If you’ve avoided living under a rock, you probably already know what psoriasis is or at the very least, that it’s a condition that affects one’s skin.
In fact, it’s a very common autoimmune condition in the United States, affecting more than 7.5 million.
Psoriasis is a chronic skin condition characterized by thick scaly plaques on the elbows, knees, and scalp. While never contagious, the condition can lead to significant psychosocial stress surrounding one’s own appearance and flakiness. Some studies suggest that the impact of psoriasis on a patient’s mood can rival even terminal illness. Good news is that dermatologic care for patients afflicted by psoriasis has vastly improved over the last 5 years.
Psoriasis is an autoimmune disorder that affects a person’s skin. It tells your body to produce new skin cells in a matter of days instead of a skin cell’s normal cycle, which is about 28 days for an adult (though this slows progressively as we age).
Psoriasis typically runs in cycles, worse in the winter because of dryness and wind chapping and better in the summer because of ultraviolet light exposure, which can actually suppress a psoriatic flare. Plaques are uncomfortable, but less commonly itch.
The symptoms of psoriasis are pretty standard across the board. You can develop red patches of skin with scaly texture, dry and cracked skin that bleeds, thick or ridged nails, swollen and stiff joints, and even some itching, burning, or soreness.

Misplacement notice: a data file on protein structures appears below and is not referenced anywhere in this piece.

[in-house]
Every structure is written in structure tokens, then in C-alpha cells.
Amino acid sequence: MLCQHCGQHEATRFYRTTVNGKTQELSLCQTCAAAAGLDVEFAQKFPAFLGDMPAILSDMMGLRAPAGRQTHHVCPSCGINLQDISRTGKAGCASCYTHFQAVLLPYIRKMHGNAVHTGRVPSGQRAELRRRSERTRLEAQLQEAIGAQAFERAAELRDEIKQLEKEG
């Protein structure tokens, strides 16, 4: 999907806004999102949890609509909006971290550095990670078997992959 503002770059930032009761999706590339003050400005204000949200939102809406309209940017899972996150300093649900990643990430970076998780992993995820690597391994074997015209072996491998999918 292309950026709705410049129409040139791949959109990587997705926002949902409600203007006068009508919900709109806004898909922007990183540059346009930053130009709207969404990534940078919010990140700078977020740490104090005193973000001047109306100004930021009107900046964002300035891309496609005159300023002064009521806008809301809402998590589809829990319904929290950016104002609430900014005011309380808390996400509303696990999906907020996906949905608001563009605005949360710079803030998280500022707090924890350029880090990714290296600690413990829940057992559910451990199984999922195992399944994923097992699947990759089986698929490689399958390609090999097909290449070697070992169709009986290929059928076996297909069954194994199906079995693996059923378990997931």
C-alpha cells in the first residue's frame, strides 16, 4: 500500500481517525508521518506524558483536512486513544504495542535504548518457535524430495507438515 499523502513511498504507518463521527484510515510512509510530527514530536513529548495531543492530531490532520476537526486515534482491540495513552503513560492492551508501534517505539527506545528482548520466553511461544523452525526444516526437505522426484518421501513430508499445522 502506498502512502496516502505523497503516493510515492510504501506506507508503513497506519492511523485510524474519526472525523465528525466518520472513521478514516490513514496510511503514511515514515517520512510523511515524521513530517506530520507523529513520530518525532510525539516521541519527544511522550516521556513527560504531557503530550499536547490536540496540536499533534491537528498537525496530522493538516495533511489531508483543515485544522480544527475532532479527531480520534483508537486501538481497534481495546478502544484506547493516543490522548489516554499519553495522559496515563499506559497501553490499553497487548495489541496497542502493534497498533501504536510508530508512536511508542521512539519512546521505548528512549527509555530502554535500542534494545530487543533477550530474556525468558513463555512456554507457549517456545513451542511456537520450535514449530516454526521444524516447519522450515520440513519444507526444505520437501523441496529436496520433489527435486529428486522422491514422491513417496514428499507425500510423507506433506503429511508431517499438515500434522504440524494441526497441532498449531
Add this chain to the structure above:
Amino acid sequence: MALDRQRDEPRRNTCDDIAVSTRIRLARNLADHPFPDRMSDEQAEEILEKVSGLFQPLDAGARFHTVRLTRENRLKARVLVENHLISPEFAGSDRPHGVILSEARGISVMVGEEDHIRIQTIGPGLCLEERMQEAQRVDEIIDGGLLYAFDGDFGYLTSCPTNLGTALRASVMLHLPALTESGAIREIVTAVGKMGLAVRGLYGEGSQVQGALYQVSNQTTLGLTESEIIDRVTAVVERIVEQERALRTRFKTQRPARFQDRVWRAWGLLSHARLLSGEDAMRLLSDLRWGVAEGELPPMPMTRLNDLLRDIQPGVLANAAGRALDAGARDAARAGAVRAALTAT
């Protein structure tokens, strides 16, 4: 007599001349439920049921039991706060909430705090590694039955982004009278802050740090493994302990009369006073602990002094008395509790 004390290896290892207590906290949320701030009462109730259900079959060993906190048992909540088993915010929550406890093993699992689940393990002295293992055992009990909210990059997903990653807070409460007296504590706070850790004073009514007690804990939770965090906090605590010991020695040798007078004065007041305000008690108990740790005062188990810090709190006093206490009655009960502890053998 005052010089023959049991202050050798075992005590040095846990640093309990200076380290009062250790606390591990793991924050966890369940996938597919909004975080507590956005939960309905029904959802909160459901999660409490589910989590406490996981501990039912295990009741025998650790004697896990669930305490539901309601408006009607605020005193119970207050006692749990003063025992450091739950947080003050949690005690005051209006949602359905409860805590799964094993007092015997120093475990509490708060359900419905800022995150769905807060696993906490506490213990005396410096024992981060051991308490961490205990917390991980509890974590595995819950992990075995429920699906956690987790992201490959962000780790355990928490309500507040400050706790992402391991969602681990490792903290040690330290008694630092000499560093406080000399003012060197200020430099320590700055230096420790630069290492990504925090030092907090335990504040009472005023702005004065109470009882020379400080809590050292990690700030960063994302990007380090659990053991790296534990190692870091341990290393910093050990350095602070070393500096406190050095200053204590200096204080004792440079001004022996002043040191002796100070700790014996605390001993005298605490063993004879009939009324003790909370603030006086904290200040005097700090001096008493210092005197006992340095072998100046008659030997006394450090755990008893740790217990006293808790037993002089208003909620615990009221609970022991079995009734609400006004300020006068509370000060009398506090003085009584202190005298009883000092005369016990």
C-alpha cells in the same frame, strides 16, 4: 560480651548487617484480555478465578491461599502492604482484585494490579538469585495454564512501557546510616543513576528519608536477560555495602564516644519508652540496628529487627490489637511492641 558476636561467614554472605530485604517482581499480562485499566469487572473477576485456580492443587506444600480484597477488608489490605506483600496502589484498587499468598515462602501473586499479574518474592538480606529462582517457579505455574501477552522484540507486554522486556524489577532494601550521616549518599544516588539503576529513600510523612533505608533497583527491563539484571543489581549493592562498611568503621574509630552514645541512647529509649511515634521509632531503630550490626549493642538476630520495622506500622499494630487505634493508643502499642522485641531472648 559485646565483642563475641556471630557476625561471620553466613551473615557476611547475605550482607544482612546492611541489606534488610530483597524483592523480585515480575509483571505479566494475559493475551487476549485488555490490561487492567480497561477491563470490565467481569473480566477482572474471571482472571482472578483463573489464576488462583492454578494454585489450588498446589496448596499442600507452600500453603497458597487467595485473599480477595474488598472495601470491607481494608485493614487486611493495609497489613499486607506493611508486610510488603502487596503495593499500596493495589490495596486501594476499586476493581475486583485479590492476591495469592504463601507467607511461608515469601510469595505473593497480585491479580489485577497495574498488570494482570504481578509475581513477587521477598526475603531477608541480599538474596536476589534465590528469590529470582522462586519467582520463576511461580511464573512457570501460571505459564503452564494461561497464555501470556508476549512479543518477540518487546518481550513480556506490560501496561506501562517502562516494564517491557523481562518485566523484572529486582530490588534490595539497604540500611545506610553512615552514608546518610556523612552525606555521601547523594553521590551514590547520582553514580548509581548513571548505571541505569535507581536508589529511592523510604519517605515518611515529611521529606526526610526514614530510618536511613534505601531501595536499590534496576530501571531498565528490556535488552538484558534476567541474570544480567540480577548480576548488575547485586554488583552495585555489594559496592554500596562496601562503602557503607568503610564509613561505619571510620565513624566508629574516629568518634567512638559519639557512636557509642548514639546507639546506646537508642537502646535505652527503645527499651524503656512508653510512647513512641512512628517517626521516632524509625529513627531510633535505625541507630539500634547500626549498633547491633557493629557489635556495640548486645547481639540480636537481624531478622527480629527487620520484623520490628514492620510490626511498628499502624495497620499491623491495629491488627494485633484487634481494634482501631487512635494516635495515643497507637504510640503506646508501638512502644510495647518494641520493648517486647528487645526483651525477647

There are 3 less common variants of psoriasis that serve mention because they often throw clinicians off the trail of a correct diagnosis:
Guttate psoriasis – Small “rain drop” plaque lesions are found throughout the body. Often triggered by strep throat.
Inverse psoriasis – Inverse because these wet, red plaques affect intertriginous areas of the skin (areas that rub together like armpits, groin, and between buttocks) instead of the usual knees and elbows for which psoriasis is known.
Pustular psoriasis – Most commonly found on the hands and feet, this subtype of psoriasis appears just like it sounds…small pus-filled blisters on a red base.
Thankfully, this is not a contagious skin condition.
Unfortunately, however, little is known about the true cause of psoriasis. It is believed to be an autoimmune condition wherein your body’s T cells (the ones responsible for attacking unhealthy cells) attacks healthy ones instead, causing the symptoms.
There is much still to be learned when it comes to this skin condition and the more awareness surrounding it, the more answers we can find.
Although there is no cure for psoriasis, recent advancements in our understanding of the immunology behind this condition has led to the development of selective immuno-modulators. Unlike older immunosuppressives (like prednisone) that blunt the body’s entire immune system, these newer agents target only those arms of the immune system that are responsible for psoriatic flares.
The goal of treatment is to slow the skin cell turnover that leads to plaque formation and inflammation.
We also highly recommend UVB therapy to treat psoriasis. This works by allowing the UVB rays to penetrate the skin, which slows the growth of the psoriasis affected cells.
In order to see the best results, we recommend controlled exposure to artificial UVB light sources for a set length of time on a regular schedule. Our trained professionals can formulate the best plan for this based on your specific needs.
In addition to this advanced option, there are topical treatments, light therapy, and medications to reduce the severity of psoriasis symptoms.